We ran our first programme, JLAB, with John Lewis in 2014. A few corporates sponsored accelerators at that time, but none truly collaborated with startups. We saw a gap in the market for programmes where startups can work closely with corporates to develop and trial products. The corporate is fully engaged and experiences technologies which have the potential to transform their business. We pave the way for long-term commercial partnerships between corporates and startups.

 Case Study 

L Marks   Corporate accelerators can kickstart growth

The accelerator
Through the BMW Innovation Lab, BMW was looking to use fintech to digitise the customer experience, make the most of data, and maximise the use of the vehicle fleet.

startup profile
Wrisk entered the BMW Innovation Lab as a wildcard candidate, with only a prototype, and ended it with a commercial agreement to be the sole insurance provider for BMW’s UK financial services arm. Their app-based platform prioritises simplicity, transparency and flexibility, making it fast and easy to manage home, motor and travel insurance in one place.

Which accelerators do companies go on to raise the most money from?

Looking at the average amount raised by companies from each accelerator programme is an interesting metric. If the aim is to prepare companies to move faster towards their next stage of growth, then a larger average amount raised could indicate more success in doing so. However, the amounts are as much an indication of the stage of growth the accelerator is targeted at as their success, and the age of the programme. As such, late-stage accelerators such as Future Fifty, Upscale and ELITE top the list.

rank by total average amount raised

Future Fifty
Healthbox London 2012
Financial Health Fellowship
Qi3 Accelerator Bootcamp

 Accelerator sponsors 

Who sponsors accelerators?

The majority of accelerators are supported by other organisations. The nature of these relationships can vary greatly from accelerator to accelerator and sponsor to sponsor, encompassing anything from free event space to full financial backing. The majority of sponsors are corporates, accounting for 56%. The second most common sponsor type is not-for-profit organisations, accounting for 9%. The most frequent sponsor of accelerator programmes is the European Regional Development Fund. It will be interesting to see how this picture changes post-Brexit.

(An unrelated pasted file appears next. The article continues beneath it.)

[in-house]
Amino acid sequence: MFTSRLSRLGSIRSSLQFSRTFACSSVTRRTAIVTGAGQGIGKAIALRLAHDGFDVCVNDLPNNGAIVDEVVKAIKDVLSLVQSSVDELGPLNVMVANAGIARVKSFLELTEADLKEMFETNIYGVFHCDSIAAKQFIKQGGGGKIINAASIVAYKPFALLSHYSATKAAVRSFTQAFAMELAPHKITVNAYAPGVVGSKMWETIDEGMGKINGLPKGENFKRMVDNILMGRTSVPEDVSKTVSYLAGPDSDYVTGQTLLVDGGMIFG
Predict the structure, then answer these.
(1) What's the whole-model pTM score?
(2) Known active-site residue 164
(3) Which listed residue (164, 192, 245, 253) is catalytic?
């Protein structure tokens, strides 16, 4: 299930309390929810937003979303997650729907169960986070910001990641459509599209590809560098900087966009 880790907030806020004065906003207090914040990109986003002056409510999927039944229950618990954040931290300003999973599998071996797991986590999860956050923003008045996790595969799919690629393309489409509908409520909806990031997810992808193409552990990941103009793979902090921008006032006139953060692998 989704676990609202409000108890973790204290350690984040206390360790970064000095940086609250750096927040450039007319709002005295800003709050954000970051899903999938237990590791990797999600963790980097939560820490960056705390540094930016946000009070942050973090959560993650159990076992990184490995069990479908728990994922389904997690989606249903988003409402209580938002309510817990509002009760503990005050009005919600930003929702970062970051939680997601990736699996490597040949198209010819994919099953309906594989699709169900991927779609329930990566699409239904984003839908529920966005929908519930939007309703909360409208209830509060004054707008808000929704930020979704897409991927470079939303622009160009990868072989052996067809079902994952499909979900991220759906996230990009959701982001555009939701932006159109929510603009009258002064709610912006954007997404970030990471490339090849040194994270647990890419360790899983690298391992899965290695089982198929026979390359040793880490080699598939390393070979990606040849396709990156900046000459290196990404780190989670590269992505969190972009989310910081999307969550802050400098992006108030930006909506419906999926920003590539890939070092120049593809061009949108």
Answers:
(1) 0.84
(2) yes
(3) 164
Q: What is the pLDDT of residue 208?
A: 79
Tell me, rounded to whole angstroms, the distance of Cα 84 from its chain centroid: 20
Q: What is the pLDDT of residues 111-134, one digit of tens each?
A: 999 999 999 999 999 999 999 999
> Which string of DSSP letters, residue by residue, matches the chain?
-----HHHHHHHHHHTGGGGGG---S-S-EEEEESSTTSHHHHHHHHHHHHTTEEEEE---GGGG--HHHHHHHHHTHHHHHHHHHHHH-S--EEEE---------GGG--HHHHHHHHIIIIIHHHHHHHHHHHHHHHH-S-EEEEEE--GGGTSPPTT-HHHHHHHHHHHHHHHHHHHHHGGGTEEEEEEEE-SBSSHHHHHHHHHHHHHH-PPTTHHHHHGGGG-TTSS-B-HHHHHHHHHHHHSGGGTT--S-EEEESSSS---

percent of accelerators that have at least one listed sponsor

most frequent sponsor

European Regional Development Fund
Lloyds Banking Group
Nominet Trust

Accelerators are vital to helping early-stage businesses develop the knowledge and drive to build a scalable business. Perhaps even more important, start-ups and scale-ups get the chance to plug in to an incubator network and connect to corporates that can help providing advice, funding, future business and more. When designing our Barclays Eagle Lab network and accelerator, Eagle Lab Flight, we bring all this together so participants gain lasting value from the programme.

Corporates and accelerators

percent of accelerators that have at least one corporate sponsor

The benefits to corporates of getting involved with accelerators are clear, giving them early insight into trends and understanding of disruptive tech in their industry. Indeed, 49% have at least one listed corporate sponsor. While are first glance it might make sense for corporates to run their own programmes and bring the benefits further in-house, only 7% are managed by corporates themselves.  What do accelerator managers think of corporates running their own accelerator?

For corporate accelerators, the key objective is often to source innovation through startups and position the accelerator as a strategic industry fit to the organization broader goals. While they can be well funded, they struggle to attract the best operators condensing the time and effort, and often lack exposure to the full ecosystem to support their startups. Processes such as scouting, qualifying and strategically aligning startups to their core objectives could take months to get through whereas we’ve condensed it into an intense two-three week process.

For an accelerator to prove productive, a corporate must be completely invested in it. On that basis, we are in favour of corporates running innovation programmes. That said, it takes a lot more than providing capital and freeing up office space. Accelerators should cultivate symbiotic relationships between corporates and startups – relationships which can only develop when open innovation is embraced and all parties recognise that no one has a monopoly over the right ideas. It’s for that reason that we find that accelerators which champion collaboration generate the most successful programmes. It’s about focusing on how each side can benefit the other and supporting each other through challenges. When startups and corporates collaborate in this way, both parties will experience benefits which lead to genuine change, both financial and cultural.

Corporates have a tendency to isolate innovation programmes outside of the core business, when in actuality, they should be immersing themselves in the company entirely. For a corporate accelerator to be successful, they must: